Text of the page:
My nephew got his dream job, straight out of college. It was exactly the work he’d hoped to do; the job had a good starting salary (at least, based on recent-grad standards), and the company was in a great location (15 minutes away from Mom’s house). Two years later, though, his situation was different. With a few years of experience under his belt and a few accomplishments to list on his resume, my nephew could have begun to look for a better-paying position. You don’t have to be a brilliant manager to recognize that; it’s totally “natural.” But, before the job-hunting idea finished percolating in my nephew’s head, his manager took drastic action, and did something entirely unusual.
“Look,” his manager told my nephew. “We know that you’re now qualified to look for a ‘better’ job. But we love your work, and we don’t want to lose you. We’re giving you a big raise, because we want you to stay.” My nephew certainly appreciated the raise (which my sister, provider of all family gossip, described as “a significant amount”). And it goes without saying that he appreciated the company’s belief in him. He’s still at the same company, another two or three years later.
When a disgrunted (or even mildly gruntled) employee gets another job offer, it’s common for your company to make a counter-offer: we’ll give you 10% more if you stay with us! I’m sure that there are official HR statistics to indicate how often employees accept counter-offers, but I suspect that it’s rare for them to say Yes. There’s emotional baggage, besides. In the company’s view, the employee has already demonstrated “disloyalty” by looking elsewhere; and to the employee, who wants protestations of “we need you!” only after a gun’s been pointed at the boss’s head?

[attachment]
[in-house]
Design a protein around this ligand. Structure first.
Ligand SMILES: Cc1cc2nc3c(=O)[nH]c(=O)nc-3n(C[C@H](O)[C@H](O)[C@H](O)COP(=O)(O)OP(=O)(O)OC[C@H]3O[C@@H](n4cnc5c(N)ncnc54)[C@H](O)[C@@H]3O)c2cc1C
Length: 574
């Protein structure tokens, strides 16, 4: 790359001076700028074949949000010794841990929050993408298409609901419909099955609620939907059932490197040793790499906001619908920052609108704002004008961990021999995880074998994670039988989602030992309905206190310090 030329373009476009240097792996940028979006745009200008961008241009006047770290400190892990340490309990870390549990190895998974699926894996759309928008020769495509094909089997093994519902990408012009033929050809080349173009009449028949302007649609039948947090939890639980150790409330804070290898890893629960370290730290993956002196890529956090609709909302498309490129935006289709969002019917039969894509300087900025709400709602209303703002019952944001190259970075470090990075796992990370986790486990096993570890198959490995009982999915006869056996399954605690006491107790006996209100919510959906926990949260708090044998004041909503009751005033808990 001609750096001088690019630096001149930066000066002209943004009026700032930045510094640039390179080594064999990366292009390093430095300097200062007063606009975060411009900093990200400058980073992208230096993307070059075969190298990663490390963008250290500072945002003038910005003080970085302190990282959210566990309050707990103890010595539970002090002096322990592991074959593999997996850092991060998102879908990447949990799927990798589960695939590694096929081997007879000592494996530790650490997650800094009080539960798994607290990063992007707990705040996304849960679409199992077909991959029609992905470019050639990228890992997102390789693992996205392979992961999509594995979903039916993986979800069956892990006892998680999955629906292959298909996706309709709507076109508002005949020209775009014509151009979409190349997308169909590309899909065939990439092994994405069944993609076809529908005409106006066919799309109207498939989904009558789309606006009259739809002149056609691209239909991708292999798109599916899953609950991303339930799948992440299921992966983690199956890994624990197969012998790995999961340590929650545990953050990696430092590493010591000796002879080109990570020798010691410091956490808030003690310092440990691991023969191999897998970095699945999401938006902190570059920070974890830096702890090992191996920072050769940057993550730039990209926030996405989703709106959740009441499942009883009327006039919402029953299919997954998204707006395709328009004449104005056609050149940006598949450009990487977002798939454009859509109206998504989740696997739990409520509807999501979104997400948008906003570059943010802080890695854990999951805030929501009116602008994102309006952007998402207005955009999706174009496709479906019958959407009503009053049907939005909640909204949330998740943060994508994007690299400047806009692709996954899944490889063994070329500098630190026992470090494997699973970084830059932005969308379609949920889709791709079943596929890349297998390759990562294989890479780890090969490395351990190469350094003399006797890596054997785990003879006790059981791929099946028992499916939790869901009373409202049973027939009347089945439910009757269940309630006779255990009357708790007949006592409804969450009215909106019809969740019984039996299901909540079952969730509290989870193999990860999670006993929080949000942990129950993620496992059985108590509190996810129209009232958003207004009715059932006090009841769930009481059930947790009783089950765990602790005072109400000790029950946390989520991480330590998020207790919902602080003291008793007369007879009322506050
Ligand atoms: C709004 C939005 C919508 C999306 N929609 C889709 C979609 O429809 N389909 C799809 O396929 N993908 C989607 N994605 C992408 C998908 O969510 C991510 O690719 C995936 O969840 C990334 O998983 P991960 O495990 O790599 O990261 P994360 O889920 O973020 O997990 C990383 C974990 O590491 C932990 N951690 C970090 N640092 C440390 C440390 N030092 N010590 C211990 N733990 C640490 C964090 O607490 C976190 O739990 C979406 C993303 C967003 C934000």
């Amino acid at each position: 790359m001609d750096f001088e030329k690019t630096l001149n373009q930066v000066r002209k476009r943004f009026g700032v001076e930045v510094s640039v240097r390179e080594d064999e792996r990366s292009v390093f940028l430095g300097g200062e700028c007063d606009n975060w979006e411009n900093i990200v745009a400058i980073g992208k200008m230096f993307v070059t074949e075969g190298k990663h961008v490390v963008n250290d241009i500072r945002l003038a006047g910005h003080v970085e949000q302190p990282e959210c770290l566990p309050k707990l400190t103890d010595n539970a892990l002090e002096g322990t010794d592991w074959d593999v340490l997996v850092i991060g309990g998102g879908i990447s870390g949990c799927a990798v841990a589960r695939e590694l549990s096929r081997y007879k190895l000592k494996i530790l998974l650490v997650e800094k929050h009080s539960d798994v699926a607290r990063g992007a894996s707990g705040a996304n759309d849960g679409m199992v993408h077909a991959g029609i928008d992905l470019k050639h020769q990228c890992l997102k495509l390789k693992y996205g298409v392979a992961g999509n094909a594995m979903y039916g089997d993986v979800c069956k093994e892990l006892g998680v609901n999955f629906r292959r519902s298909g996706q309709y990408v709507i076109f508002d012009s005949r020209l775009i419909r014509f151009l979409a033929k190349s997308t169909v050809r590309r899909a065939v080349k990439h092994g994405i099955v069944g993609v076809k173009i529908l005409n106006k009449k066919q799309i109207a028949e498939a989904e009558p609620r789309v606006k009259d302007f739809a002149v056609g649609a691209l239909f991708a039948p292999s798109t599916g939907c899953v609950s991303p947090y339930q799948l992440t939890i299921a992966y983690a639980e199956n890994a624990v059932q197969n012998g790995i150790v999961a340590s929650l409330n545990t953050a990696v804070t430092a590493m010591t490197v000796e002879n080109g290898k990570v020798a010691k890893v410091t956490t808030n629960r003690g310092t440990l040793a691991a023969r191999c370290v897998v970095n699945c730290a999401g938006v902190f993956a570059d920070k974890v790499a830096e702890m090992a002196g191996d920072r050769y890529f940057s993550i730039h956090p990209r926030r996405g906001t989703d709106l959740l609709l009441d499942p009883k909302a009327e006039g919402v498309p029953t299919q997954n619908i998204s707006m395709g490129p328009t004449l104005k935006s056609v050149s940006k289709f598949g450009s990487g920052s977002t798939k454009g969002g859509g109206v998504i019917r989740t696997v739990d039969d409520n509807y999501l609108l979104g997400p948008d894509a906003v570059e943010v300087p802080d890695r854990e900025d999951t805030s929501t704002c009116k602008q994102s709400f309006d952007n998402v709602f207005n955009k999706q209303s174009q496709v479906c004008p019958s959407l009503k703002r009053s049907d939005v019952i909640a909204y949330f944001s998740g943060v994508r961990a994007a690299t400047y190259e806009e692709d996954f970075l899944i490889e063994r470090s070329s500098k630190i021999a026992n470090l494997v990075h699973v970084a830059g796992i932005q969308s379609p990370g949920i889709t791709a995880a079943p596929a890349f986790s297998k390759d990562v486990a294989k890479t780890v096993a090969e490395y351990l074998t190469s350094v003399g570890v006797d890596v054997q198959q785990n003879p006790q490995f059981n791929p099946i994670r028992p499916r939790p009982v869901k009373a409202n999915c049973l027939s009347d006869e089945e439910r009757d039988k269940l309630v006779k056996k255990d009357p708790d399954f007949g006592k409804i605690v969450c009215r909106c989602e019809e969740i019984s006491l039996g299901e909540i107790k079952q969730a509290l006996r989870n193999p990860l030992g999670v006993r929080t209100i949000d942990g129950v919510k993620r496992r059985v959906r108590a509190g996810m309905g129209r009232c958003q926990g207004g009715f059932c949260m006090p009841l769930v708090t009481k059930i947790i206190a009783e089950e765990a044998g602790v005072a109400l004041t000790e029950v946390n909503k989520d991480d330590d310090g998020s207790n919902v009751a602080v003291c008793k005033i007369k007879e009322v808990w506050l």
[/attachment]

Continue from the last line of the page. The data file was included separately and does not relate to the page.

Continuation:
Instead, I’m told, some companies wisely offer a “Talent Review,” giving an unexpected raise based on a set of assumptions: this person’s market value is more than we’re paying her; she’s bound to figure it out sometime; it’d be awful to try to replace her. If the firm offers a “pre-emptive counter offer,” she’ll be grateful for the raise and promotion and recognition… which (points out a cynical realist) means we might be able to offer far less than we would in a “oh no she’s given notice!” frenzy.
How often do you do this, though? How has it worked for you?
1. Often enough — whenever it seems necessary.
2. I’d love to… but I could never get management to spend money unless they have to today.
3. Interesting idea, but I wouldn’t do it. I’m betting that the employee will stay without this extra incentive — or that it’ll give her the idea that she might get even more, elsewhere. Why spend money if I don’t have to?
4. No way.
If you answered #1, how did you convince the Powers-That-Be this would be a good idea? All the people who answer #2 want to know!